Sunday, April 14, 2013


            At the time of the Norman invasion of AD 1066, England was not so much one country as a collection of duchies and earldoms fostered and defended by one monarch or another, often with shifting loyalties, held together as much by common language, geography and religion as by any national allegiance. Repeatedly subject to invasions by Vikings and Norwegians, pre-Norman England was more closely connected to Denmark than to the Europe which lay almost in sight across the Channel. English medieval history is a complicated affair, an observation underlined by the fact that at any particular moment in time, there could be three or four cousins speaking as many different languages claiming to be “heirs” to the throne. In fact one woman – Emma of Normandy – would become Queen of England twice, once as a result of a marriage of diplomatic convenience to King Æthelred, and again as wife of King Cnut.

            To say that 1066 changed England is sheer understatement. The Norman invasion and successful conquest of that Island Kingdom was one of the world-changing events of history, and so far as the English language and its voraciously-hungry vocabulary are concerned, of earth-shaking consequence, right down to the present day. (More about this in future columns.)

            In a landscape on which architecture had long followed a pattern of imposing church abbeys around which villages of yeoman farmers who owed their patronage to a landed elite would gather continued to mark the verdant countryside. Over centuries of politics and internecine warfare, debts incurred by political winners to those who had supported them led to a system of “royal paybacks” conveying property and peerage to a rising upper class whose wealth found its way into residences built in a grand style on large tracts of land whose income derived from the thriving vassal farms and shops over which they presided.

            The size and grandiosity of these castle-like mansions, and the wealth which made them possible probably reached a zenith in the Edwardian era, as did the rigid nature of England’s class divisions; all of which would see a stark decline beginning with the arrival of World War I.

            For the purposes of this foray into that opulent, and not so distant past, I have chosen a grand estate in modern-day England’s Hampshire hills as a subject: a stately home known as “Highclere Castle”. Built in its present form in the mid-1800s, it occupies a piece of ground whose first building dates back to the 8th century, on an estate which has been the family seat of the Herbert family since 1679.

Its most famous resident was George Edward Stanhope Malyneux Herbert, the 5th Earl of Carnarvon (1866-1923). He is remembered most for his love of Egyptology, and for his patronage of a dig by Howard Carter which uncovered King Tutankhamun’s tomb in 1923 (leading to the Earl’s mysterious death). Like many of the landed rich of his era, Herbert was going broke, and solved his problem by marrying Almina, the illegitimate daughter of banking magnate Alfred de Rothschild for an annual dowry of  approximately 12,000 pounds sterling.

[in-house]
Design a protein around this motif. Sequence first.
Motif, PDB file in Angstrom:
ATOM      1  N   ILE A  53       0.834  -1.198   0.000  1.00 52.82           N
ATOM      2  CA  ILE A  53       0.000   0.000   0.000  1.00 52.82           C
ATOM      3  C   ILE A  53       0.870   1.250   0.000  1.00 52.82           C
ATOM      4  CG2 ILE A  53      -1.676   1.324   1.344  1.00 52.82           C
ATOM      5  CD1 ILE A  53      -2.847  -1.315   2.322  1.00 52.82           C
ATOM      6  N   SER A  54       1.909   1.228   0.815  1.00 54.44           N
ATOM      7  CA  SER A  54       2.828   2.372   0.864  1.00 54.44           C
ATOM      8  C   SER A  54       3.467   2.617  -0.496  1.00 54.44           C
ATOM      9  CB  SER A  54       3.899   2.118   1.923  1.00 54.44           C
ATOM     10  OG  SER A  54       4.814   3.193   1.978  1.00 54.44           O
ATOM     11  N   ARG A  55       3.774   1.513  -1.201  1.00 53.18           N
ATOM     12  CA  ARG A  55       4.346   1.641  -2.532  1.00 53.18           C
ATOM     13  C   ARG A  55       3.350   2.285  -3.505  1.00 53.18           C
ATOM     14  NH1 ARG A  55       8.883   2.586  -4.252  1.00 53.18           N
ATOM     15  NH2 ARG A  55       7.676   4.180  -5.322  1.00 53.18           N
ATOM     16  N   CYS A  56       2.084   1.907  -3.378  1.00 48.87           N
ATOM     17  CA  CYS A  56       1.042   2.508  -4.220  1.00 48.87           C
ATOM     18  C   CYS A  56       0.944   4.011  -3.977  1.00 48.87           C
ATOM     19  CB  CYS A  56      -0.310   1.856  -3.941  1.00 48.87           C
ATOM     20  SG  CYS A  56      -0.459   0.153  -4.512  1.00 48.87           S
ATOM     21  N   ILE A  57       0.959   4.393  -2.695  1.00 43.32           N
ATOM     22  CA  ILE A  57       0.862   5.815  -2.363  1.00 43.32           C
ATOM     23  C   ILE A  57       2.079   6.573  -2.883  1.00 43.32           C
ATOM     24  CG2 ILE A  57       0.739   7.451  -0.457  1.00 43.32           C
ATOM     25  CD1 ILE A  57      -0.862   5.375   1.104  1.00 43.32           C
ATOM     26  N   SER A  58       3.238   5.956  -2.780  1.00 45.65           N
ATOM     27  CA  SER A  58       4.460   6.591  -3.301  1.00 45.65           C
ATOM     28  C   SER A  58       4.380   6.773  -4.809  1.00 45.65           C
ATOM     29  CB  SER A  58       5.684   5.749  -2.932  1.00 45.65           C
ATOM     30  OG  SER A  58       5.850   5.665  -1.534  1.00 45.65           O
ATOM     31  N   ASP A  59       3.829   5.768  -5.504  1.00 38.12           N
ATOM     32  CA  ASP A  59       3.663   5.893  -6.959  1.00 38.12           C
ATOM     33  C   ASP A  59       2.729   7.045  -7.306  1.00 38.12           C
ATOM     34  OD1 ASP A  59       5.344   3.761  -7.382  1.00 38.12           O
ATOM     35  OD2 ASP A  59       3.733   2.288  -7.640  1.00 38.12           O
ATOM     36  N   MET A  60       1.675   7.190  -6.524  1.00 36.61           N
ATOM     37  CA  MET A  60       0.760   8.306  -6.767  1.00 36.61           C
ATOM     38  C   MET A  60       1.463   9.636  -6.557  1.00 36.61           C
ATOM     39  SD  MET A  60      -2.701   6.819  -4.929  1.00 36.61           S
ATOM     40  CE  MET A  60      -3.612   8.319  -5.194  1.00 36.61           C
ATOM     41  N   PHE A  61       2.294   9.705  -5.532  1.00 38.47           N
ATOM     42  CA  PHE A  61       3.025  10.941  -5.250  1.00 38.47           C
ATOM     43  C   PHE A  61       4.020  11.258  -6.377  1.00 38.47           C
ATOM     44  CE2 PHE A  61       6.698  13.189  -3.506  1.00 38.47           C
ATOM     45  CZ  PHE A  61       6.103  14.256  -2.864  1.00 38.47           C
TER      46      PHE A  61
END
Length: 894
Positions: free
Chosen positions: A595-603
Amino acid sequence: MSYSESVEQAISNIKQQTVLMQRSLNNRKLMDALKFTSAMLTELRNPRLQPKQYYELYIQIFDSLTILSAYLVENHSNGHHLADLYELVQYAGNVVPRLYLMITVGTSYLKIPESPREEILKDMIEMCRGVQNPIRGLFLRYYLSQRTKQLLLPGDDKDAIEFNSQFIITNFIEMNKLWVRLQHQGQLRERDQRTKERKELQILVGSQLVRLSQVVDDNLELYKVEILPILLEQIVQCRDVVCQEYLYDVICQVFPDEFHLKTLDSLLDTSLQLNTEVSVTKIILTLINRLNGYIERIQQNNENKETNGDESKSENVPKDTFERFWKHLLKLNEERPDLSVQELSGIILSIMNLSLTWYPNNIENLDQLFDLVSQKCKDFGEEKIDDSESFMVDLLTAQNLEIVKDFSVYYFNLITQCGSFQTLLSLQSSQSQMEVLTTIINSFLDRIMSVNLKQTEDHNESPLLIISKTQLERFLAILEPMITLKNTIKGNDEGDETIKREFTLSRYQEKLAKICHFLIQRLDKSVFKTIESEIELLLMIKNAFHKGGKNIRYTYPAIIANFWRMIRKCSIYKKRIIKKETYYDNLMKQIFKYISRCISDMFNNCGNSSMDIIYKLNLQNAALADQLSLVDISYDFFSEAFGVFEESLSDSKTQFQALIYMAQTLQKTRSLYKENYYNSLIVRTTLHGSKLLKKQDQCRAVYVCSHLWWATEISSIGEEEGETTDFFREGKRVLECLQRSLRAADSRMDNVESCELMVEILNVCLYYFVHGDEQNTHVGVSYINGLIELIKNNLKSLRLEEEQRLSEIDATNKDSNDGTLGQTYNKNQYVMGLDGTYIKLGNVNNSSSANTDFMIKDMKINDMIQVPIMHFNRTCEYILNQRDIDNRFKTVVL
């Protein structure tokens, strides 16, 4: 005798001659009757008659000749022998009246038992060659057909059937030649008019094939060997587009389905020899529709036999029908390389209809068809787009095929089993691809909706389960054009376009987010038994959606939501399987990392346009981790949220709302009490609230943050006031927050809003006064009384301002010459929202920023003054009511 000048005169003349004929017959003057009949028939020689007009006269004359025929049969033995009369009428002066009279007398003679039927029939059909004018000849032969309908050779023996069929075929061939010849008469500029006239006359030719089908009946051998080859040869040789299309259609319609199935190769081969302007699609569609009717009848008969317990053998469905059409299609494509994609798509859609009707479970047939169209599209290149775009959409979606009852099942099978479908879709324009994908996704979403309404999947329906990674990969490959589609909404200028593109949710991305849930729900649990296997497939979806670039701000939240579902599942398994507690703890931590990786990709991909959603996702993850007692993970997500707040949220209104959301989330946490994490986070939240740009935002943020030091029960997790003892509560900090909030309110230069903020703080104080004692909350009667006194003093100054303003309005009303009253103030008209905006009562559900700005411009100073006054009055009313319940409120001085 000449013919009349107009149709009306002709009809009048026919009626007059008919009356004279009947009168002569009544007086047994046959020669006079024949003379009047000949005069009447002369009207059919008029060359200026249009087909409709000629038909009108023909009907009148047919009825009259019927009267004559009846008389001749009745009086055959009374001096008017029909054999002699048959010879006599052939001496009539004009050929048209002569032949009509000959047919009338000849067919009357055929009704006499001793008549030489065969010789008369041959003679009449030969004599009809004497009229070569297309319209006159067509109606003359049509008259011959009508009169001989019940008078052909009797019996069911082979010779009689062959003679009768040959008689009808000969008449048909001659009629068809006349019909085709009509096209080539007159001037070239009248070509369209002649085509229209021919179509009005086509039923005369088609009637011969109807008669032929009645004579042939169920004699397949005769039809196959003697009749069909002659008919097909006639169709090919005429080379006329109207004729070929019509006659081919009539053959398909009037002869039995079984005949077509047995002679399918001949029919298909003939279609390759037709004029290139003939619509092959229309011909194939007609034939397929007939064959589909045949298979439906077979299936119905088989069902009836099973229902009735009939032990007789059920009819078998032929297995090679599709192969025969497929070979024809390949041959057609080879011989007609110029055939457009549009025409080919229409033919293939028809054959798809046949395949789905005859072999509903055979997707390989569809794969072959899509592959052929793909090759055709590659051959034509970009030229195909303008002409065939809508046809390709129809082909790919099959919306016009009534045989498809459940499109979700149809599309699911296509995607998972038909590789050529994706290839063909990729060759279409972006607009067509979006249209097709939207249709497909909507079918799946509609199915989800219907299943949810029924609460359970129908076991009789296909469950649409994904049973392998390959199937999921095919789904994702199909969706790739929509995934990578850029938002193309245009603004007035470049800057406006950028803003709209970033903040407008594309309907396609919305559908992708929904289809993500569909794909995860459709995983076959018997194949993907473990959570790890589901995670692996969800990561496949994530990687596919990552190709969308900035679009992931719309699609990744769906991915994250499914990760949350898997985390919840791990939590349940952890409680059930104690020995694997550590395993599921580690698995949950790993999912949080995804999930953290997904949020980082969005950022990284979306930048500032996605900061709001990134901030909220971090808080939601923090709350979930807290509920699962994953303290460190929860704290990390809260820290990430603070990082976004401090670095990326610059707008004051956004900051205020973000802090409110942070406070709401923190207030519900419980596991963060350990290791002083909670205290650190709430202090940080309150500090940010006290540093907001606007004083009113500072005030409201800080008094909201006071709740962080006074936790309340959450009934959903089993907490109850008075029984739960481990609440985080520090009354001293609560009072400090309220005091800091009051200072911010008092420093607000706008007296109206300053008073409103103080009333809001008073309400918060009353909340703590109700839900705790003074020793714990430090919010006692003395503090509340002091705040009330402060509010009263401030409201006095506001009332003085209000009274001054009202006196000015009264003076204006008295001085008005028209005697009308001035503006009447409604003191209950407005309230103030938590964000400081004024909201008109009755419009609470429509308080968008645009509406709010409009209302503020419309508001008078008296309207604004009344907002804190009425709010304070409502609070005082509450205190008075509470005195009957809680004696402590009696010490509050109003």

In its heyday “Highclere” might house 20-30 guests on three floors, where a wait staff of 30 maids, valets, cooks, drivers and footmen, supervised by a Butler, lived in a separate part of the mansion (females, who reported to the housekeeper, in the attic). As late as 1897, there was still no running water, and staff had to carry gallons of water and waste up and down miles of stairways each day. Children lived in a separate section of the house where they were visited by parents only on a weekly (and reportedly very uncomfortable) basis. The Lord and Lady of the house lived in their own kind of privacy, protected by a century of protocols and social “fire walls”, but the distances between members of the wait staff were no less rigid, and among them, the Butler reigned supreme.

            If the accompanying photo looks familiar, it should: “Highclere Castle” is the filming location for the popular MASTERPIECE THEATER drama, DOWNTON ABBEY, and while the film story, written by Julian Fellowes is not the real-life story of “Highclere”, there are some notable parallels. My personal favorite actor in the series, now in its 3rd season, is Jim Carter, as is the Butler “Carson”, whose character he plays. By the way, the popular television series is having a worldwide impact: English butlers are back in popularity, and there is a scramble to train thousands for newly-advertised, high-paying positions in a dozen countries.

Familiar to television viewers everywhere, Highclere Castle, venue for most of the filming of the  popular MASTERPIECE THEATER production Downton Abbey has a dramatic family history of  it's own. As in the film, it too was used as a hospital for wounded soldiers during both World War

A long list of the U.K.’s Stately Homes are open to visitors. One of the most popular is Castle Howard built in North Yorkshire for the 3rd Earl of Carlisle in 1699. With its thousands of groomed acres and 145 rooms, it even once had its own R.R. station.


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